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Council to introduce water and sewer bond issue election ordinances

City Manager Wayne A. Cauthen is proposing two revenue bond issues totaling $500 million that would provide significant water and sewer improvements in the Kansas City, with no tax increase for residents.

The City Council will introduce two ordinances at the 3 p.m. Council Legislative Session that would potentially place the bond issues on the August 2.

The ordinances are being sponsored by Mayor Kay Barnes and the following council members: Bill Skaggs, 1 st District; Bonnie Sue Cooper, 2 nd District-at-Large; John Fairfield 2 nd District; Troy Nash, 3 rd District-at-Large; Sandra McFadden-Weaver, 3 rd District; Becky Nace, 5 th District-at-Large; Terry Riley, 5 th District; Alvin Brooks, 6 th District - at-Large; and Chuck Eddy, 6 th District.

Voter approval of these bond issues will authorize the City to improve and expand upon its most basic and vital infrastructure – water and sewers. If approved by voters in August, the City will issue revenue bonds over the next 10 to 15 years for improvements, modernization and expansion of its water and sewer systems, including: transmission and distribution mains; small main replacements; the treatment plant; pump stations and reservoir; main extensions and relocations; water facilities; raw water intake; and water line replacements.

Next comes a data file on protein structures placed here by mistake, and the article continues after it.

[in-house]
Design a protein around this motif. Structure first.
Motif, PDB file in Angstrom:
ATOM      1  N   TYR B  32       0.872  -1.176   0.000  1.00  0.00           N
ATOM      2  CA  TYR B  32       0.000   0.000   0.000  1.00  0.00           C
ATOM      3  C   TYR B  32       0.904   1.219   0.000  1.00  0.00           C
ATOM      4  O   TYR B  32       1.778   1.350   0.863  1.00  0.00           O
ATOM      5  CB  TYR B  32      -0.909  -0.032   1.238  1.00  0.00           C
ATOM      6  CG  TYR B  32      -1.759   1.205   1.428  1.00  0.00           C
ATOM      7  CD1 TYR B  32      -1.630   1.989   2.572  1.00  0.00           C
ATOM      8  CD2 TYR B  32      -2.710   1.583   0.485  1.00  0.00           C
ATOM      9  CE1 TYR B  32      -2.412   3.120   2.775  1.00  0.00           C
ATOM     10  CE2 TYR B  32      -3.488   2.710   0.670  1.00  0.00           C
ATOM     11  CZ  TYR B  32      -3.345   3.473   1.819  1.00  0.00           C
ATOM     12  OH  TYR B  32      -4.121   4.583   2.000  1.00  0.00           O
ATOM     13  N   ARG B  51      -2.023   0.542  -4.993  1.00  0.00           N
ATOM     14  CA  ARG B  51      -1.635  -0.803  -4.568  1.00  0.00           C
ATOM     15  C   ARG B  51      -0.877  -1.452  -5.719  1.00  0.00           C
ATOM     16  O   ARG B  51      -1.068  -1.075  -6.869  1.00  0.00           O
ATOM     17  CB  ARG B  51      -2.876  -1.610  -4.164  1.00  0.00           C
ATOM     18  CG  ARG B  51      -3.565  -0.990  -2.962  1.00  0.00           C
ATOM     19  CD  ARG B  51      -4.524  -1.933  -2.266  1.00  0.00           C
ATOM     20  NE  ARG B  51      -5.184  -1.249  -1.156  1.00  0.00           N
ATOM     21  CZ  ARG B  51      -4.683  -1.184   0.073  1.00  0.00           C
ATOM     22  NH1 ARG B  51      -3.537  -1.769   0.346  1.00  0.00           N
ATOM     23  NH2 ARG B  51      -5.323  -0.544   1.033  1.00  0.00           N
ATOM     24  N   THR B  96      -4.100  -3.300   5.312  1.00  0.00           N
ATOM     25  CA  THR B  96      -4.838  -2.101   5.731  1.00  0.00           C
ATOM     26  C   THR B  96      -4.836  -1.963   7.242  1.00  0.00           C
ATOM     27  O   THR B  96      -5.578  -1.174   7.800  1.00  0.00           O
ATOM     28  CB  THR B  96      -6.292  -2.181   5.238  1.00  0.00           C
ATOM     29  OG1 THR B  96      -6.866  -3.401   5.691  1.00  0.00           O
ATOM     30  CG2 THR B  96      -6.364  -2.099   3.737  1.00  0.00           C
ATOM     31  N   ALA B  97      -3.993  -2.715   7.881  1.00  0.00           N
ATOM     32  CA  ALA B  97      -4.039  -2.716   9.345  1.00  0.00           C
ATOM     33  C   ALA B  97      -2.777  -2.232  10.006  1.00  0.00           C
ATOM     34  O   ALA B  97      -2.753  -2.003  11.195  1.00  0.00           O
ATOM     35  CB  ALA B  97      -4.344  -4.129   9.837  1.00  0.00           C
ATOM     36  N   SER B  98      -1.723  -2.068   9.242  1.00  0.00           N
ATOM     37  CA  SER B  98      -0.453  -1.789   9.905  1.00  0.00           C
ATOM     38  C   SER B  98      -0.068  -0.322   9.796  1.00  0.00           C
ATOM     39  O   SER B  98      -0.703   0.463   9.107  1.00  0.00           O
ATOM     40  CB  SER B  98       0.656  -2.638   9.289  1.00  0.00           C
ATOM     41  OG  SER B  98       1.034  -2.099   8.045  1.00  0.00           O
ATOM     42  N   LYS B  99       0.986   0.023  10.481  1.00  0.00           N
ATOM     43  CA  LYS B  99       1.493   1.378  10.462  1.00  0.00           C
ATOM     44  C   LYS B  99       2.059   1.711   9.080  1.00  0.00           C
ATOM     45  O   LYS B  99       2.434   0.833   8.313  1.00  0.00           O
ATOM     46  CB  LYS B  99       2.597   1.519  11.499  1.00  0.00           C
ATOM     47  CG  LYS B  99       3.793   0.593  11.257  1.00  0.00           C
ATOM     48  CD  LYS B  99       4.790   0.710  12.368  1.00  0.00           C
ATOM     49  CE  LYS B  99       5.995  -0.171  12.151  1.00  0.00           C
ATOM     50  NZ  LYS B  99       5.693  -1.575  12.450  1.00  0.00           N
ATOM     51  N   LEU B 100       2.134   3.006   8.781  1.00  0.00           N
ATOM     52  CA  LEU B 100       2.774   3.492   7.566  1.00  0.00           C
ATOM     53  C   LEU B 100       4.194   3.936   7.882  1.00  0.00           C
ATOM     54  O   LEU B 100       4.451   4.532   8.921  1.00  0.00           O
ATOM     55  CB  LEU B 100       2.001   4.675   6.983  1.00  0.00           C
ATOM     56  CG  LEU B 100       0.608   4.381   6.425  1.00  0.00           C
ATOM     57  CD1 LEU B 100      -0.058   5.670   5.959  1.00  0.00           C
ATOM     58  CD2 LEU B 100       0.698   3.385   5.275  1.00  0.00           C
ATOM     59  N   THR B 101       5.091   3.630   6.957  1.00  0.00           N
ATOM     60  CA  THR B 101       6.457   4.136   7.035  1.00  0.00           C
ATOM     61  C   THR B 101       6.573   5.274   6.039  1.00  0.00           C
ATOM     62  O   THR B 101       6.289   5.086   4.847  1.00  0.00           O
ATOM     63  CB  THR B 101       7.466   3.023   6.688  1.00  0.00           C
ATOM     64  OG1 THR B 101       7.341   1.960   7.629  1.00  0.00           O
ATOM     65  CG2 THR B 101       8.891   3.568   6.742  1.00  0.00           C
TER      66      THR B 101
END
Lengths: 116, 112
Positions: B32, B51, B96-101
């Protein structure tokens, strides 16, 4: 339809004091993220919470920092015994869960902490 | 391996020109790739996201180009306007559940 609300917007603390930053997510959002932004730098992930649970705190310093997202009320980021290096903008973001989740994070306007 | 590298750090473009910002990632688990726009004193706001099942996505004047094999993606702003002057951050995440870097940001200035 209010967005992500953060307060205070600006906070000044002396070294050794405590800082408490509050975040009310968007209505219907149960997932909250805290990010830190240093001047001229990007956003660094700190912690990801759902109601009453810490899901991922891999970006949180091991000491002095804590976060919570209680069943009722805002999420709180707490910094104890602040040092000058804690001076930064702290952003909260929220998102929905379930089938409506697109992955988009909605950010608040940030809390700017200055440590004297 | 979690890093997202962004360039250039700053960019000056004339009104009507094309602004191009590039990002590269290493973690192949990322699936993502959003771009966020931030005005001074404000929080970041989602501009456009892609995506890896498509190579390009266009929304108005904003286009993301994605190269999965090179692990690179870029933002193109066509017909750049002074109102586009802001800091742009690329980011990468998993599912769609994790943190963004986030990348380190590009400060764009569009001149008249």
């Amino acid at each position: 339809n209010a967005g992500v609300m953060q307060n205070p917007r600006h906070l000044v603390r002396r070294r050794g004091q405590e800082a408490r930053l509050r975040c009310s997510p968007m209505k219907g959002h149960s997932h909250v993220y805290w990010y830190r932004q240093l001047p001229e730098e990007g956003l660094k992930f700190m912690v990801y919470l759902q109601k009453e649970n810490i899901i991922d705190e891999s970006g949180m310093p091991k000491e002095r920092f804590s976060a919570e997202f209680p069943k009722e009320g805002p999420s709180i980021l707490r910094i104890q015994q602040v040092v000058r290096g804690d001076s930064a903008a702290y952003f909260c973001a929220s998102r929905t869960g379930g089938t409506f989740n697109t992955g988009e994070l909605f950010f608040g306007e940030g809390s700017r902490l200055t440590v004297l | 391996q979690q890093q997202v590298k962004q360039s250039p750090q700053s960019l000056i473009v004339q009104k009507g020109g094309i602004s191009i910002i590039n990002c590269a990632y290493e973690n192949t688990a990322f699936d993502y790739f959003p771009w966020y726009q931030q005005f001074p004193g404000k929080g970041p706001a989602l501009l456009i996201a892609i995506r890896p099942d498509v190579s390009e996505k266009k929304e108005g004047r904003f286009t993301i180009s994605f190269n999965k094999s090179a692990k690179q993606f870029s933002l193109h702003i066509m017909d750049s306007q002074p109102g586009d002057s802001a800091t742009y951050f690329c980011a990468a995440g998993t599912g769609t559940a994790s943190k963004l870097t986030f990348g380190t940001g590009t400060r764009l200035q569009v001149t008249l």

“These basic improvements are needed to maintain momentum for new development and redevelopment within the City. With water and sewers fundamental to growth, funding, authorization is needed now to keep the City ahead of the curve, much like Johnson County did in the 1970s and 1980s,” City Manager Wayne A. Cauthen said.

“This initiative will allow the City to direct growth, as opposed to only reacting to development-related water and sewer challenges, resulting in costly isolated projects,” Cauthen added.

Geographically, Kansas City is one of the largest cities in America with 2,700 miles of water mains with more than 50 percent that are 50 to 100 years old, requiring replacement at a level of one to two percent per year. The City also maintains 2,500 miles of sewers including 1,000 miles of combined sewers with many miles of sewers more than 100 years old still in service.

The last water/sewer revenue bond issue in Kansas City was approved by voters nearly a decade ago. Since then approximately 85 percent of those bonds have been issued for needed water and sewer projects throughout the City.

“These improvements also will improve water recovery rates by reducing leaks and reduce maintenance costs due to water main breaks caused by 100-year-old infrastructure,” Cauthen said.

“I look forward to the discussion with the council leading up to the May 19 Council Legislative Session, at which time such a measure would need to be voted on to be placed on the August 2 ballot,” Cauthen said.

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